Report: U.S. to file piracy case against China

Bush administration is said to be ready to take dispute over pirated movies, music and software to the WTO.

NEW YORK ( -- The United States is set to file a formal trade complaint against China after prodding the Chinese for months to crack down on pirated copies of American movies, music and software, news reports said Saturday.

The move, expected next week in a filing at the World Trade Organization, is likely to escalate trade tensions between the two countries.

The Bush administration will file two cases challenging China's lax enforcement of its own antipiracy laws and its tight restrictions on the distribution of foreign movies, music and printed material, The Wall Street Journal reported.

The complaints come after years of work in Washington to build a case against China over alleged intellectual-property abuses, which hit U.S. exports ranging from auto parts to movies to books to scientific journals, the newspaper said.

The New York Times said in a separate report that administration officials have strongly hinted in recent weeks that they are close to filing a formal complaint with the WTO, the group that polices world trade.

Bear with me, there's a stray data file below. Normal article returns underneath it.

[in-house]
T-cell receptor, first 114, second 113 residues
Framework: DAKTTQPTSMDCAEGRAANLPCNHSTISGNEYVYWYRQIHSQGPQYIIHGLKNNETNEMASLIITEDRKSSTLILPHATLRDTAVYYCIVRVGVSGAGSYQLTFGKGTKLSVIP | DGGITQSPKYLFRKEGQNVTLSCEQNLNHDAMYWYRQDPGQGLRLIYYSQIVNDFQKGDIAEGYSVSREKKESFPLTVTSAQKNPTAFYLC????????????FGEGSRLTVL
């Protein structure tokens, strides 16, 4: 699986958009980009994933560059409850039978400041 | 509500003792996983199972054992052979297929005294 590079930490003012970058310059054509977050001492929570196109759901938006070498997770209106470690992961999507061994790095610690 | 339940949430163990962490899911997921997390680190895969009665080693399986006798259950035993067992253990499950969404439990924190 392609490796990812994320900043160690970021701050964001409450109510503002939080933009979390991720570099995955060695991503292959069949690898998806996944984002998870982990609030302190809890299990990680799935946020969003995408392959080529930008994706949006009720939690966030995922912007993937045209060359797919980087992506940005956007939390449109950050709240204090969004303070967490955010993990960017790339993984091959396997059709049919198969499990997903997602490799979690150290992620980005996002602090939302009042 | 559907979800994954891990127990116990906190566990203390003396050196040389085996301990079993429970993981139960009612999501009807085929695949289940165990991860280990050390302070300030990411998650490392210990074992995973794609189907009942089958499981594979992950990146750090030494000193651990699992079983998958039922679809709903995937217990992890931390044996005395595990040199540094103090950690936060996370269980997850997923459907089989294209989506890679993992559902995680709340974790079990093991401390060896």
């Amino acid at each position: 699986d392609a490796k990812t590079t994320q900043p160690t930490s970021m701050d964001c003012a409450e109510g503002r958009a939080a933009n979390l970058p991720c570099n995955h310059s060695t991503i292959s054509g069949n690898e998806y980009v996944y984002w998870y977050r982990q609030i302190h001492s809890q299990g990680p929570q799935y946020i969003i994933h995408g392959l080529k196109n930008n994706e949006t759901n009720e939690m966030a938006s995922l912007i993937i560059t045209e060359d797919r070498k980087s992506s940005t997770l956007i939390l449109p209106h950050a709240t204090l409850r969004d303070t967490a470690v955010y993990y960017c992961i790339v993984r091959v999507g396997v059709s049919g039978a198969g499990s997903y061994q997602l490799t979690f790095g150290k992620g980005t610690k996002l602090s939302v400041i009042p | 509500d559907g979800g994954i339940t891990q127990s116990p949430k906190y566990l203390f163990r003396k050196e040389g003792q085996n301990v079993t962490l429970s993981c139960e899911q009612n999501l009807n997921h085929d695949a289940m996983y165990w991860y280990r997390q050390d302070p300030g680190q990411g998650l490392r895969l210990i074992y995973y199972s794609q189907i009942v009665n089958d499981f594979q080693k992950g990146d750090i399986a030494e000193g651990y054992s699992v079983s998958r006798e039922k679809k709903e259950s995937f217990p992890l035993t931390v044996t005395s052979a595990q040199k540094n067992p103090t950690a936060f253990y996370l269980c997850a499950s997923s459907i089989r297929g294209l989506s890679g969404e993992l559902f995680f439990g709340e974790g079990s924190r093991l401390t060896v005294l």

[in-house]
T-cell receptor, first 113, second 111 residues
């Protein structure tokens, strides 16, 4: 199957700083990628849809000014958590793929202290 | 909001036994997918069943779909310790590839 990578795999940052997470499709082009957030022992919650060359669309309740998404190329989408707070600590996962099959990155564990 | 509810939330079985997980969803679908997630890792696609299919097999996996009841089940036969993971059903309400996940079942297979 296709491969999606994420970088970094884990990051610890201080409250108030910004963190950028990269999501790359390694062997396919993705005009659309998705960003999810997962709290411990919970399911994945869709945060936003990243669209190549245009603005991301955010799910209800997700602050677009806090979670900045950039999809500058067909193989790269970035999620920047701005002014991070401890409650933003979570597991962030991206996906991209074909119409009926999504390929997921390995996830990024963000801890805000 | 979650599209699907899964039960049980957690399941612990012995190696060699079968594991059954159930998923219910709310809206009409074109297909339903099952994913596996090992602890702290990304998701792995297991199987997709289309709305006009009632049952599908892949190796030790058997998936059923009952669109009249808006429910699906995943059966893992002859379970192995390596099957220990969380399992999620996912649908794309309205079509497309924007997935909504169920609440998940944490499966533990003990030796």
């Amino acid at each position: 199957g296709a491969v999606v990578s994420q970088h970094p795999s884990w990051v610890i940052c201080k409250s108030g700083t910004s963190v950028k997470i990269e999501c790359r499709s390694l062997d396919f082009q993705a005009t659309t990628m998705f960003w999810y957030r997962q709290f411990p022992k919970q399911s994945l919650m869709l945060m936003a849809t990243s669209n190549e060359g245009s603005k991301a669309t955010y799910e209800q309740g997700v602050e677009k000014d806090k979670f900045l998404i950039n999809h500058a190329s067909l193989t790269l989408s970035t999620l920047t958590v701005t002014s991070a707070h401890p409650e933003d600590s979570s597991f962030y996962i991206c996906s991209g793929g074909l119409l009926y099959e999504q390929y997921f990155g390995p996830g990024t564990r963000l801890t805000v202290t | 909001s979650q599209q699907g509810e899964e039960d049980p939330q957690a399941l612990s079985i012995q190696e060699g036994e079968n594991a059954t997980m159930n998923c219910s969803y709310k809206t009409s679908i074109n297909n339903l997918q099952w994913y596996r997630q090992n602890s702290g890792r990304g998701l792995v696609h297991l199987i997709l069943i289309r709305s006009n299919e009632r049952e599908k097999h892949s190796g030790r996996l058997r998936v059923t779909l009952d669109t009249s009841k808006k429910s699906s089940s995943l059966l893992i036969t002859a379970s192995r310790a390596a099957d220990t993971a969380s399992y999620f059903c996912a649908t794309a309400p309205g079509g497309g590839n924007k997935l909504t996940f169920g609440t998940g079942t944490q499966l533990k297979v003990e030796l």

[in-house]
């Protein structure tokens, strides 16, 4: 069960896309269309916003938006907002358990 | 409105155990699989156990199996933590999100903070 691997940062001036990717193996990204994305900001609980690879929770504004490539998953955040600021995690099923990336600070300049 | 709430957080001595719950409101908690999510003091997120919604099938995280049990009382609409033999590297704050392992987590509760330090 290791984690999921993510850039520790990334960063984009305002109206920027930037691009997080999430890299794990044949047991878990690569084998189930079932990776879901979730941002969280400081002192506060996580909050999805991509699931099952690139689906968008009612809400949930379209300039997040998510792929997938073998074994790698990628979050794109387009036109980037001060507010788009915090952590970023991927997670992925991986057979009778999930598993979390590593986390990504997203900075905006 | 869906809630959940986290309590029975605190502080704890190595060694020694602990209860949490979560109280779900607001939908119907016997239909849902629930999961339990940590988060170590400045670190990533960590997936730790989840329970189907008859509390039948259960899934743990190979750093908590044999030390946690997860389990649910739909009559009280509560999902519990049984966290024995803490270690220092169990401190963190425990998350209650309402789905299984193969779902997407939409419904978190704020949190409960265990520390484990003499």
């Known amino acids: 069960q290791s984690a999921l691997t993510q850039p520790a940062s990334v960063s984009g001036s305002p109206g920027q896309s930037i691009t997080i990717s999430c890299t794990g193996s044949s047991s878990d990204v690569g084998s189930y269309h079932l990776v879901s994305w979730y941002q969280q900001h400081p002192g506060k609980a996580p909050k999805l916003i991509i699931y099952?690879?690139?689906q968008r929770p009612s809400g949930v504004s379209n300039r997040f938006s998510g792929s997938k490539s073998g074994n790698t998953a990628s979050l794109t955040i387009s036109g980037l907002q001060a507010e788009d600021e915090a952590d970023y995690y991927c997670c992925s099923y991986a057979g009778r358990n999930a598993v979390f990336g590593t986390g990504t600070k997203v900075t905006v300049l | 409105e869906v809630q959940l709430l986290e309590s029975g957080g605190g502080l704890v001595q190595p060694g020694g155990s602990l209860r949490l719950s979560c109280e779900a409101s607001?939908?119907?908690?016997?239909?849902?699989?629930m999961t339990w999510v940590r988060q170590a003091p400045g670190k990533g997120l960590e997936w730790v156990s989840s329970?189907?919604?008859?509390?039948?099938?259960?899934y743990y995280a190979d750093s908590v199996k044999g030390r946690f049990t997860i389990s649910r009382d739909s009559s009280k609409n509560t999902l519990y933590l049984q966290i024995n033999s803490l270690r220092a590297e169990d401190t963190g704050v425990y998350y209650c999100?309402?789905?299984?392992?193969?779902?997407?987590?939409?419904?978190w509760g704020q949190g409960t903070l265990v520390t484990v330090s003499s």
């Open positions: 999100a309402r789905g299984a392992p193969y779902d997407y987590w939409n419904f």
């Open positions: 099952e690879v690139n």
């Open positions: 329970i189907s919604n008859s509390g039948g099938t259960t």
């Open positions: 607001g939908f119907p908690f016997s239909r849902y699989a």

The report said the administration claims that China has failed to prosecute all but a small fraction of the ubiquitous and visible street trade in bootlegged American entertainment.

Some industry groups aren't expected to support the case, the Journal said in its report, notably those whose members include Microsoft Corp (Charts)., Apple Inc (Charts)., and Pfizer (Charts).

The software and drug sectors have made their own trade advances and don't want to see that work disturbed, the report said, quoting administration and industry officials said.

The cases to be filed are just the latest U.S. trade actions against China in recent months.

In February Washington filed a WTO case saying China doled out unfair subsidies to a range of Chinese industries, and the Commerce Department recently opened the way for U.S. companies to seek higher tariffs on some Chinese paper imports found to have benefited from government subsidies, the Journal noted.

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